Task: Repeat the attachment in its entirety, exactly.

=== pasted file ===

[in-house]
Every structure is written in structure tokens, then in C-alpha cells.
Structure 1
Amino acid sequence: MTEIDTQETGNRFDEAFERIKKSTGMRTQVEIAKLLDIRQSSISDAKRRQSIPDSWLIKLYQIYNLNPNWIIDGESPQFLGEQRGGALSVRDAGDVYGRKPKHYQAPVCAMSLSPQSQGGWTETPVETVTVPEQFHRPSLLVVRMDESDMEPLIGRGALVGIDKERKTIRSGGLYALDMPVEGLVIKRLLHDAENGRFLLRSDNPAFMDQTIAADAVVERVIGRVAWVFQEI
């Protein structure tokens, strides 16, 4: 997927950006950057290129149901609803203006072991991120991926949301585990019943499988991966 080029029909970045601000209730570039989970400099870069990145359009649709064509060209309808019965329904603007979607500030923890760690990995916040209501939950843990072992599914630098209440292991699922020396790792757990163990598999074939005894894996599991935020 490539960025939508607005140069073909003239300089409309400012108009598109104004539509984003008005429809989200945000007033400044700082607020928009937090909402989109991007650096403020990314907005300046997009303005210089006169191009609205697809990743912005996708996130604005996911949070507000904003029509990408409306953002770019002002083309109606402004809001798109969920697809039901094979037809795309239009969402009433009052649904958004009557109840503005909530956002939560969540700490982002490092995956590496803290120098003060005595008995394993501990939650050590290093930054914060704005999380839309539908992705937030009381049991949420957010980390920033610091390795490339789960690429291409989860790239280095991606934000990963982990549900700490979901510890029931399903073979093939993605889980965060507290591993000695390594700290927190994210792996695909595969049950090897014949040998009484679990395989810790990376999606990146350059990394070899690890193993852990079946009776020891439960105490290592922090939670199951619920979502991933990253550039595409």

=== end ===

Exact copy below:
[in-house]
Every structure is written in structure tokens, then in C-alpha cells.
Structure 1
Amino acid sequence: MTEIDTQETGNRFDEAFERIKKSTGMRTQVEIAKLLDIRQSSISDAKRRQSIPDSWLIKLYQIYNLNPNWIIDGESPQFLGEQRGGALSVRDAGDVYGRKPKHYQAPVCAMSLSPQSQGGWTETPVETVTVPEQFHRPSLLVVRMDESDMEPLIGRGALVGIDKERKTIRSGGLYALDMPVEGLVIKRLLHDAENGRFLLRSDNPAFMDQTIAADAVVERVIGRVAWVFQEI
């Protein structure tokens, strides 16, 4: 997927950006950057290129149901609803203006072991991120991926949301585990019943499988991966 080029029909970045601000209730570039989970400099870069990145359009649709064509060209309808019965329904603007979607500030923890760690990995916040209501939950843990072992599914630098209440292991699922020396790792757990163990598999074939005894894996599991935020 490539960025939508607005140069073909003239300089409309400012108009598109104004539509984003008005429809989200945000007033400044700082607020928009937090909402989109991007650096403020990314907005300046997009303005210089006169191009609205697809990743912005996708996130604005996911949070507000904003029509990408409306953002770019002002083309109606402004809001798109969920697809039901094979037809795309239009969402009433009052649904958004009557109840503005909530956002939560969540700490982002490092995956590496803290120098003060005595008995394993501990939650050590290093930054914060704005999380839309539908992705937030009381049991949420957010980390920033610091390795490339789960690429291409989860790239280095991606934000990963982990549900700490979901510890029931399903073979093939993605889980965060507290591993000695390594700290927190994210792996695909595969049950090897014949040998009484679990395989810790990376999606990146350059990394070899690890193993852990079946009776020891439960105490290592922090939670199951619920979502991933990253550039595409």